As B2B marketers, we’ve come a long way. We understand our role as helping buyers progress through their buying process. We know that we’re more successful when we align marketing efforts with the ways our prospects prefer to buy as opposed to the ways we want to sell. And to do this, we know we need an ever-improving understanding of our buyers.

Organizations committed to understanding their buyers draw upon solid research. They build buyer personas and learn about their buyers’ preferences, including the issues that matter to buyers and their preferences for consuming information. Research may include interviews, analysis of market trends, conversations with analysts and third-party research. All these are great steps, but once marketers begin executing, too many skip a critical step – analyzing how buyers are actually behaving.

While it takes some elbow grease, you need to extend your organization’s conceptual understanding of how buyers are likely to behave into an understanding of how buyers actually respond to your organization’s offerings and tactics. Here’s one way to do it:

  1. Start by deciding what a “good deal” looks like. A good deal may be one that closed at the right price, occurred within the right timeframe, involved the right people or happened in the right market segment.
  2. Gather some deal data. Grab 10 to 12 deals that closed last quarter with those desirable characteristics, and pull your full interaction history with those accounts. This should cover interaction histories of every individual within the customer’s buying center. This data will likely come from your marketing automation platform (MAP) or sales force automation (SFA) system, or both.
  3. Line up buyer personas. Assign each individual from each deal to an established buyer persona. If personas haven’t been developed, you can simplify these assignments into buying roles like decisionmaker, user or ratifier.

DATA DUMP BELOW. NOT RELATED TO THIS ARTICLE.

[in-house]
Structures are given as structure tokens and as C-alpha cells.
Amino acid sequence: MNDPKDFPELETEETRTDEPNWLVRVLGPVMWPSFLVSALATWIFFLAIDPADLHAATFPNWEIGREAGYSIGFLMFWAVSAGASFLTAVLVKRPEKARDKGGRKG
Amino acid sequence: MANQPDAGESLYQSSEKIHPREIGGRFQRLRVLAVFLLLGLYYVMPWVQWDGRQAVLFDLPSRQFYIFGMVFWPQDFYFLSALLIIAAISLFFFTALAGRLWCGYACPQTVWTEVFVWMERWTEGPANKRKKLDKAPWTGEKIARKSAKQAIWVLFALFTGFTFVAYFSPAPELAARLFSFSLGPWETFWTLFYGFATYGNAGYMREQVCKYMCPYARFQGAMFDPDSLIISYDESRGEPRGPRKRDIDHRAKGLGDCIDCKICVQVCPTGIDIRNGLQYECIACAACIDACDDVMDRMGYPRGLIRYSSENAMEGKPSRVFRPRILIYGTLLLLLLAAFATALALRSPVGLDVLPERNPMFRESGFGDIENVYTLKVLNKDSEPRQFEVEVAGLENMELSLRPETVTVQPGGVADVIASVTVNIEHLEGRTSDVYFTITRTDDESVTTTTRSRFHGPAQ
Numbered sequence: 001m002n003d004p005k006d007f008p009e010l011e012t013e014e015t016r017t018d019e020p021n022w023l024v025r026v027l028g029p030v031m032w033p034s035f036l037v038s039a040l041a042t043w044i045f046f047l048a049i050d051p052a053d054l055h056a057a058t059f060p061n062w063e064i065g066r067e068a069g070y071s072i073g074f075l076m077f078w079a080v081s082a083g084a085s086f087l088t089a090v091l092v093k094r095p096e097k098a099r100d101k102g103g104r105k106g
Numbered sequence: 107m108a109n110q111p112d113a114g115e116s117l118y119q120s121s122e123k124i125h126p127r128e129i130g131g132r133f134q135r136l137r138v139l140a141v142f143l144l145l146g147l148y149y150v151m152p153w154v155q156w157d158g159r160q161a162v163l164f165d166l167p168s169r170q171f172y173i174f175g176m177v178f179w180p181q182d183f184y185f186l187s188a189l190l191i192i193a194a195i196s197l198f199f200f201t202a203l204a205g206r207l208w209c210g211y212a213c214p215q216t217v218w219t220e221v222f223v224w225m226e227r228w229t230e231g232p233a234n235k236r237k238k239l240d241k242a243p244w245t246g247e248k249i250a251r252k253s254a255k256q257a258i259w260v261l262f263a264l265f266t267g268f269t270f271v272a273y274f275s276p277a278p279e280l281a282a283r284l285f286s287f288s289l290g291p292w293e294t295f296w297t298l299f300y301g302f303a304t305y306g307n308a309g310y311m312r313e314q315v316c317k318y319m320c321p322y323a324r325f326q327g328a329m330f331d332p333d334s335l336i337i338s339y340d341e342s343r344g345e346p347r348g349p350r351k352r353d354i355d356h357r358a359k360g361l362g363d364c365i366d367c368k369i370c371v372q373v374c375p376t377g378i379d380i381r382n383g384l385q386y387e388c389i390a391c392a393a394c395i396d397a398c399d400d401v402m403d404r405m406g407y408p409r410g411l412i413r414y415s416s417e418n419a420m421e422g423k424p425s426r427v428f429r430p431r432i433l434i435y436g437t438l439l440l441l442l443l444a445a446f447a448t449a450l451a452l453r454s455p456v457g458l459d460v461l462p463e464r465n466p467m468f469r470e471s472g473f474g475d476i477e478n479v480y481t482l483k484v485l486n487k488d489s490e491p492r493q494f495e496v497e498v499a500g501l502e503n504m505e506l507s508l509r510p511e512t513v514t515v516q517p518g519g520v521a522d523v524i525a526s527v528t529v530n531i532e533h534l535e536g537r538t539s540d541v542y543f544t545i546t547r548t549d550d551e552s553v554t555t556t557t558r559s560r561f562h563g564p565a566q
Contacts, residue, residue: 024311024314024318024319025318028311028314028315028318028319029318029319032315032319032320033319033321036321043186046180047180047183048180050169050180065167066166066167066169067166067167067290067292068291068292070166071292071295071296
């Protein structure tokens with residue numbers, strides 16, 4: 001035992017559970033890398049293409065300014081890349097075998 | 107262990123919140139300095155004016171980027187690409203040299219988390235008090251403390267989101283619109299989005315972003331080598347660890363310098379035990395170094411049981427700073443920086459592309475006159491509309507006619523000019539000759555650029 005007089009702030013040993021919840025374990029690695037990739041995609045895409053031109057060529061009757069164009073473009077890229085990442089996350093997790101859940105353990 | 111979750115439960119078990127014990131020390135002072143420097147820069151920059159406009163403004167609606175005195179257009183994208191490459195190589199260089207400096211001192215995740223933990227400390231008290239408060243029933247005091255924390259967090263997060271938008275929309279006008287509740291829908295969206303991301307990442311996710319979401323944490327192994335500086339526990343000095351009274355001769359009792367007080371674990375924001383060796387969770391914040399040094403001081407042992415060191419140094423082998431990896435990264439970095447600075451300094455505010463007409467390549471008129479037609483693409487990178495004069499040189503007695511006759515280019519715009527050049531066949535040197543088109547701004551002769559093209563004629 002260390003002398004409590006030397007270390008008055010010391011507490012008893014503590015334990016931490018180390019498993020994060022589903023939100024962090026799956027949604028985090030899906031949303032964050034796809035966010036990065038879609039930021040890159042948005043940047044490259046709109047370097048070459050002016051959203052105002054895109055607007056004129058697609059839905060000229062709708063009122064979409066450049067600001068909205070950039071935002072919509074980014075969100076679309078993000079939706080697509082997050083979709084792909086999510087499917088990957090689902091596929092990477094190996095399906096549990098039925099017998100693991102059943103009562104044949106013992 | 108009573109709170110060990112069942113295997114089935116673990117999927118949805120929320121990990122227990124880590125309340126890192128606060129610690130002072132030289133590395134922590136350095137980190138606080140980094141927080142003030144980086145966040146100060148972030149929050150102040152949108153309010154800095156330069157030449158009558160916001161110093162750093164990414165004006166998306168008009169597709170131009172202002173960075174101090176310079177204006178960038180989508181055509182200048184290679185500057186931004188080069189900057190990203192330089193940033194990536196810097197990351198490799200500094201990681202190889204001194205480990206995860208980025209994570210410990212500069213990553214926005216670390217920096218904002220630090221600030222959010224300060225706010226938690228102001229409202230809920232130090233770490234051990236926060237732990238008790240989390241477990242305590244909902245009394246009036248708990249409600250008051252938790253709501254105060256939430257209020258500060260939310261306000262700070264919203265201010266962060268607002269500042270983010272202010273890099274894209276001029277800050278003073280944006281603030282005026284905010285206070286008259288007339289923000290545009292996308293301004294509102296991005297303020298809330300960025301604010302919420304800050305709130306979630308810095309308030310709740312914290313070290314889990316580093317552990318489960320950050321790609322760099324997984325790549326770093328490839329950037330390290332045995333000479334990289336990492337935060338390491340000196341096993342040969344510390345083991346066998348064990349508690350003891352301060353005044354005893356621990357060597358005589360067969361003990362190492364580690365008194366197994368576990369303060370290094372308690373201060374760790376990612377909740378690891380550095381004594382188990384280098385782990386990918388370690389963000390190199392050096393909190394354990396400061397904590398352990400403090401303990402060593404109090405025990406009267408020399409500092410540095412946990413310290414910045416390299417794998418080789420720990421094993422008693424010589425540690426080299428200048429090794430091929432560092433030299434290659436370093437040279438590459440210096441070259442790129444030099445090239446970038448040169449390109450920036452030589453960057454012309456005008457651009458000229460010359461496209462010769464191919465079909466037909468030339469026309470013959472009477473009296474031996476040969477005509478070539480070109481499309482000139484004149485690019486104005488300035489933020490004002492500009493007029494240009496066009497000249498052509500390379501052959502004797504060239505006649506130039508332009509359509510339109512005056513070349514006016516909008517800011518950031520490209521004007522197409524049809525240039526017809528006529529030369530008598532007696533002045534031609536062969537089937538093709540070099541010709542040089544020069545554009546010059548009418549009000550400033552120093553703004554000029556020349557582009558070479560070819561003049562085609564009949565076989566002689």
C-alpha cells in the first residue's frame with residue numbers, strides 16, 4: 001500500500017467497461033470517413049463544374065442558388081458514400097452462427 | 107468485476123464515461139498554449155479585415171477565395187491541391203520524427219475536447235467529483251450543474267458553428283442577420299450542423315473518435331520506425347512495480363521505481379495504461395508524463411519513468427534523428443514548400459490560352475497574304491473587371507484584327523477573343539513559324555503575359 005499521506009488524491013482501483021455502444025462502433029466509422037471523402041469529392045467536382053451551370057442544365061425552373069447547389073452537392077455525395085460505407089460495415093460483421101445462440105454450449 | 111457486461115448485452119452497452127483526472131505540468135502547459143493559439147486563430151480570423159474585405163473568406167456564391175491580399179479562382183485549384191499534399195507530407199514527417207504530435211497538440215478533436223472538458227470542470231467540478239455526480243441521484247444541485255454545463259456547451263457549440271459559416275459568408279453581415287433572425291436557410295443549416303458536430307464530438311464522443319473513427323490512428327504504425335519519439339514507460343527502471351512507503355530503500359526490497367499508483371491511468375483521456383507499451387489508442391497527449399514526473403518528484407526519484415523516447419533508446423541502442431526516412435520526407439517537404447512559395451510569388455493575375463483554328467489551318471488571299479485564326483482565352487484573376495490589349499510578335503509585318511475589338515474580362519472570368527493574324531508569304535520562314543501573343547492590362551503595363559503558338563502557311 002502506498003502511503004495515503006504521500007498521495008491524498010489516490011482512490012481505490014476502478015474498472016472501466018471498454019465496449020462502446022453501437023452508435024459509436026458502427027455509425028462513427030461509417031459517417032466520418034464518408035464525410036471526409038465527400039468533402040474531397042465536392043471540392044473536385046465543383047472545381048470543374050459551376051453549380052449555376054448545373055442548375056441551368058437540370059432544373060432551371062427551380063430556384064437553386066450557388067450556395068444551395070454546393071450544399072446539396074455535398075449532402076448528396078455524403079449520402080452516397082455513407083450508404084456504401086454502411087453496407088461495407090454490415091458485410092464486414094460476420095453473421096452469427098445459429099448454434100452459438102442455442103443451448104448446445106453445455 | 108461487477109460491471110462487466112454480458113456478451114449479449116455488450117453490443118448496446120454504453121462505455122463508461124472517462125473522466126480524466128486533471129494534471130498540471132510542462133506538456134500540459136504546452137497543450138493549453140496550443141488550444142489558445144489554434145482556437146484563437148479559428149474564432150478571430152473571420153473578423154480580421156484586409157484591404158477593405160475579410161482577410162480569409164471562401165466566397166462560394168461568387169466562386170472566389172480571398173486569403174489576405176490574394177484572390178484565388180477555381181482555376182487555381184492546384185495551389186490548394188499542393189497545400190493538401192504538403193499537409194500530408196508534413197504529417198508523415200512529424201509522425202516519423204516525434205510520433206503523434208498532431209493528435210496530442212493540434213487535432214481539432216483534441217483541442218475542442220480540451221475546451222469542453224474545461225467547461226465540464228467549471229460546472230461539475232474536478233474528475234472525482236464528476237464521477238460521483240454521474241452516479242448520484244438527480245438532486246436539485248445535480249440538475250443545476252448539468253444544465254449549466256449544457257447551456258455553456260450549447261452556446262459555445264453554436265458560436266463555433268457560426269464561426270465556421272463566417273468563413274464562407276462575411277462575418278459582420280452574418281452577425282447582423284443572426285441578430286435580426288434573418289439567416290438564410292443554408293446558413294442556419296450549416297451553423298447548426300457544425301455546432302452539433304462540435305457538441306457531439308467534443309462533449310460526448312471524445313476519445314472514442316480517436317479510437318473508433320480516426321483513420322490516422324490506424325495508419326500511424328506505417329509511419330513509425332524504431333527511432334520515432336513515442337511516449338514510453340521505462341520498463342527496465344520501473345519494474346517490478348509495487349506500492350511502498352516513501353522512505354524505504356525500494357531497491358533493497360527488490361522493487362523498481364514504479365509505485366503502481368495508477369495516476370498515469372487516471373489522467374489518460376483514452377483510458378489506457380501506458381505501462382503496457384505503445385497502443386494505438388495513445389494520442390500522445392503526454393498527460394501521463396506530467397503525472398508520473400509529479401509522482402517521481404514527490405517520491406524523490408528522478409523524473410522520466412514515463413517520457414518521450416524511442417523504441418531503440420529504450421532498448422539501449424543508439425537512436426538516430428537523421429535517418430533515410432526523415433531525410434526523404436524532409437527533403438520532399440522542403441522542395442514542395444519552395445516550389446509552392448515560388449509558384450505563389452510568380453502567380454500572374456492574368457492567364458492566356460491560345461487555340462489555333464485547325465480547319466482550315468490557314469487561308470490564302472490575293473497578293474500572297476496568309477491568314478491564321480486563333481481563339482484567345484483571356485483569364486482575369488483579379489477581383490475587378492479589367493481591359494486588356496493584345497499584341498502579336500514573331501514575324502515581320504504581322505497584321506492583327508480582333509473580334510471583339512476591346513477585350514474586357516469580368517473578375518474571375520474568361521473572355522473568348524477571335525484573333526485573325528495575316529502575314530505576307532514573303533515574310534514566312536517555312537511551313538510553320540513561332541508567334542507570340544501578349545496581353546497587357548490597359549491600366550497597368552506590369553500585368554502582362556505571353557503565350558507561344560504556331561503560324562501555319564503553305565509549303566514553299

4. Plot out interaction histories on a timeline. Starting with a single deal, note the interactions that took place with each player, indicating the offer that was accepted and how it was delivered. Repeat this exercise for each of the identified deals.
  5. Draw conclusions from the patterns. Identify similarities between the successful deals, focusing on similar players and similar tactics at similar times. Patterns that emerge may point to some tactics as more effective with different personas at specific stages in the buying cycle. Document these patterns as assumptions. Test these assumptions against other groupings of deals to learn if they continue to hold or if (and how) they change.
  6. And there’s your start. With this type of touch analysis exercise, you’ll develop a better view into how your buyers are interacting with your company. Compare these findings to your current understanding of buyer personas and their preferences – then make tactical adjustments based on how your buyers are actually responding. It’s time to stop ignoring this critical step.